On the seventeenth of January 1944, a motorcar idled at the railroad crossing, waiting for the train to pass. In the passenger seat was an elderly undertaker of Sicilian descent, named Antonio Bernardi. At the wheel was his great-nephew Gennaro, a handsome, curly-haired youth known in the pool halls as Jerry. Between them sat a blond-haired boy of eight. The car, a black Packard, had been waxed that morning. The old man peered anxiously through the windshield, at the snowflakes melting on the hood.

"These Slavish," he said, as if only a Pole would drop dead in the middle of winter and expect to be buried in a snowstorm.

The train passed, whistle blowing. The Packard crossed the tracks and climbed a steep road lined with company houses, a part of town known as Polish Hill. The road was loose and rocky; the coarse stones, called red dog, came from bony piles on the outskirts of town. Black smoke rose from the chimneys; in the backyards were outhouses, coal heaps, clotheslines stretched between posts. Here and there, miners' overalls hung out to dry, frozen stiff in the January wind.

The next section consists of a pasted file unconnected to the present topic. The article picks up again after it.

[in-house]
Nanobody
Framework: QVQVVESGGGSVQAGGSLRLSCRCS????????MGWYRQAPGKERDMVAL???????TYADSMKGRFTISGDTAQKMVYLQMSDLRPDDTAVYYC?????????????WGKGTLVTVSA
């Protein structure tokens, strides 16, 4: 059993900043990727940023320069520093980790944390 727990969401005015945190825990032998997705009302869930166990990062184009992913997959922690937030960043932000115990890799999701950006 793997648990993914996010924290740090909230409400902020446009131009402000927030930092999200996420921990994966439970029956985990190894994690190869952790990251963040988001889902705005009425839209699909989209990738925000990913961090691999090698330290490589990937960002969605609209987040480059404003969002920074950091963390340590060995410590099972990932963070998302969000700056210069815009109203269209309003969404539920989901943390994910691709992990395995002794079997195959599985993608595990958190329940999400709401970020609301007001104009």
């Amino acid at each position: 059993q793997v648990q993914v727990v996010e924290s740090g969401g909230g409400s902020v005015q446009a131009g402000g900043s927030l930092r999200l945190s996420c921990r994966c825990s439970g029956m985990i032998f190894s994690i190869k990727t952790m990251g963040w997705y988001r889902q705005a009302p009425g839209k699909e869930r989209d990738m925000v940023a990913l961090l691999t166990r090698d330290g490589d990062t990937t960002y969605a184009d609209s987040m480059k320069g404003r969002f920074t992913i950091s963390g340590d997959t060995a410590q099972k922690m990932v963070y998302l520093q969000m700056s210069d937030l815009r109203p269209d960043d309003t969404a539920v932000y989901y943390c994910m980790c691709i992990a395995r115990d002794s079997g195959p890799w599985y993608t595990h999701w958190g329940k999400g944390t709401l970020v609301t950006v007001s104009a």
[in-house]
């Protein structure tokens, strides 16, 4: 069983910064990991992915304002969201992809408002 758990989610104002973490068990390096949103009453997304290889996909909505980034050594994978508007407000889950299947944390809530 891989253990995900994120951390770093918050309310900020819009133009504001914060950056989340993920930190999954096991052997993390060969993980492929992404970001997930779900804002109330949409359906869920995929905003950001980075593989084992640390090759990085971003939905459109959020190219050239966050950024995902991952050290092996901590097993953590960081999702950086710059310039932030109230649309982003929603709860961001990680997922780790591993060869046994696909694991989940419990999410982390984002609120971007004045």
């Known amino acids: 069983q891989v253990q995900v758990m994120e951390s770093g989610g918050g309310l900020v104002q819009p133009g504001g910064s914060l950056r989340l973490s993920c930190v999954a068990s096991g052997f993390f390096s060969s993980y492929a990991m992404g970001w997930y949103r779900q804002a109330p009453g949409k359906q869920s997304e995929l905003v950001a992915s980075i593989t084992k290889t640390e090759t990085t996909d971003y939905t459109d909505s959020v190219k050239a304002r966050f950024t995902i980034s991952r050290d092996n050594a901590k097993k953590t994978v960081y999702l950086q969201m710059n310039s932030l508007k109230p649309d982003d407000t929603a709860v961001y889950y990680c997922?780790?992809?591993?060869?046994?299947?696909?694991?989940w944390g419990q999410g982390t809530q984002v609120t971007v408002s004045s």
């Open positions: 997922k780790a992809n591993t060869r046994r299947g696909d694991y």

"These Slavish," Bernardi said again. "They live like animali." At one time, his own brothers had lived in company houses, but the family had improved itself. His nephews owned property, houses filled with modern comforts: telephones and flush toilets, gas stoves and carpeted floors.

"Papa," said Jerry, glancing at the boy; but the child seemed not to hear. He stared out the window wide-eyed, having never ridden in a car before. His name was Sandy Novak; he'd come knocking at Bernardi's back door an hour before — breathless, his nose dripping.His mother had sent him running all the way from Polish Hill, to tell Bernardi to come and get his father.

The car climbed the slope, engine racing. Briefly the tires slid on the ice. At the top of the hill Jerry braked.